If you’re reading this, you’re likely already on board with the importance of employee happiness and its benefits to your team, organization and business goals. But just to set the stage, here’s a (sharable) reminder of the benefits of tending to your company culture:
Oh, the Humanity!
The most important aspect of your team is that it’s — wait for it — made of people. Talented people that want to have a sense of belonging. Your people need to feel connected now more than ever — a tall order while we all do our best to avoid in-person contact. Luckily it’s not an impossible feat with a little thought and purposeful execution.
Company Culture Affects Employee Engagement
But beyond the humanity of it all, a sense of belonging and connectedness will benefit you as a team, a leader and a business.
According to Harvard Business Review, when employees feel that sense of belonging, the company bottom line benefits. “High belonging was linked to a whopping 56% increase in job performance, a 50% drop in turnover risk, and a 75% reduction in sick days. For a 10,000-person company, this would result in annual savings of more than $52M.” Employees perform better, are more loyal and are less burnt out.
The Importance of a (Virtual) Water Cooler Remains
The office water cooler is for more than just talking about the latest episode of WandaVision — it’s also a means impromptu work chats and informal idea sharing, both of which add to the feelings of belonging and engagement.
And what’s more, that sense of belonging, engagement and happiness for an individual, creates better colleagues.
When we don’t have the water cooler, we remain in our siloes so that we aren’t connecting, we aren’t communicating, and we are missing out on these small but key office-cooler-only connection points. Office banter makes for a smoother operation with fewer hiccups, all of which lead to a happier work life.
Harvard Business Review expands on the idea that belonging is tied to performance, “Employees with higher workplace belonging also showed a 167% increase in their employer promoter score (their willingness to recommend their company to others). They also received double the raises, and 18 times more promotions.” The increase in employee pay and promotions is a result of their increased engagement that led to increased performance.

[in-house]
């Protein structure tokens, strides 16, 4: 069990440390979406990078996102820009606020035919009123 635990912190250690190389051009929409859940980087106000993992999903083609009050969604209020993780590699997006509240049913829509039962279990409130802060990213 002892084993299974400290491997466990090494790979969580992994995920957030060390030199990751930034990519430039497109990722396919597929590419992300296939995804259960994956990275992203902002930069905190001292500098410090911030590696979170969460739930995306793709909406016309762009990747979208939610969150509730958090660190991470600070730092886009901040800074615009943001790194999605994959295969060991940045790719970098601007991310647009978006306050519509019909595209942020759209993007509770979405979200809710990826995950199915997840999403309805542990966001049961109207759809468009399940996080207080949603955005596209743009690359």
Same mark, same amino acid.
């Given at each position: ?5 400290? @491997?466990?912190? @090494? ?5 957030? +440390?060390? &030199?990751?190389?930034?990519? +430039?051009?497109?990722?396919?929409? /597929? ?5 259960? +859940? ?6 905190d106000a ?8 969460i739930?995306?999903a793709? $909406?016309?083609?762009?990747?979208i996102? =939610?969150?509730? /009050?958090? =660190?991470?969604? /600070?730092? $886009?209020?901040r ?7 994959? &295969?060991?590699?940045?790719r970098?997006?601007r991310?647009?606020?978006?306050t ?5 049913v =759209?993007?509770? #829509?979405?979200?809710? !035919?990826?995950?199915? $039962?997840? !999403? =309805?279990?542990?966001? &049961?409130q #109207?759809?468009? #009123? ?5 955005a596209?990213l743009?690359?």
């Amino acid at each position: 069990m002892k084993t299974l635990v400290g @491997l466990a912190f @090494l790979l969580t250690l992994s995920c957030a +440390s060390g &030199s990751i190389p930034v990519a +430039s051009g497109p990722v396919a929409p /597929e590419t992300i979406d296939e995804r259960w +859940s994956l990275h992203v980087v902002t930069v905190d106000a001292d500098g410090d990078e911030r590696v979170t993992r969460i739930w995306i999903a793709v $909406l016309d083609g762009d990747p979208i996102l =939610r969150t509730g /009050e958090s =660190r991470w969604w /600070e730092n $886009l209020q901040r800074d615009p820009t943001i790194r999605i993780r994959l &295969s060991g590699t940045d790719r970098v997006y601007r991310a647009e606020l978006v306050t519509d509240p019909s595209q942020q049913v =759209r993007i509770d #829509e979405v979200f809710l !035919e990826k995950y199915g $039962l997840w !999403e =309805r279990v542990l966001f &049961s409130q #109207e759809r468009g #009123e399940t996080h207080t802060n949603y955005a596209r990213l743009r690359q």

Now that it’s even more clear that team building is critical, what can you virtually do about it? Employee-focused companies are increasingly using a wide range of virtual experiences — all with different goals — to reinforce belonging, team building and to contribute to a positive culture.
Fresh Zoom Ideas for Reinvigorating Employee Engagement
Whether you’ve been searching for new ideas — big or small — or have intended to implement some cultural activities but haven’t had the time to do the research, here are 6 tried and tested ideas to choose from (or implement them all!) to maximize culture and team engagement:
Idea #1: The Rotating Coffee or Lunch Hang
Let’s start out with a fairly simple, but impactful option: The virtual coffee or lunch date. This is a low-lift option that’s easy to implement. Employees who opt in (and they can opt out at any time) will each week be randomly assigned a colleague to virtually have coffee or lunch with (their choice).
During these hangs, participants should keep the conversation more fun and light in an effort to get to know each other better. The goal here isn’t to talk about work projects or tasks but to get to know each other, build that sense of belonging and camaraderie that, in turn, benefit projects, work and employee happiness over the long term.
For those talking for the first time, it might be a little intimidating. To make it less intimidating, you could offer some suggested starter questions such as, “Fave childhood memory” or “Fave TV show you are currently watching.”
Here are a few tools that make this easy to implement and manage on autopilot:
- Donut (Slack integration)
- Random Coffee (Slack integration)
Idea #2: All-Company Virtual Events
The all-company virtual events take a bit more planning but with so many virtual experiences available, they don’t have to be a huge burden. Whether you decide to block off an entire afternoon for a series of events or host one all-company activity, there are a number of fun virtual experiences available.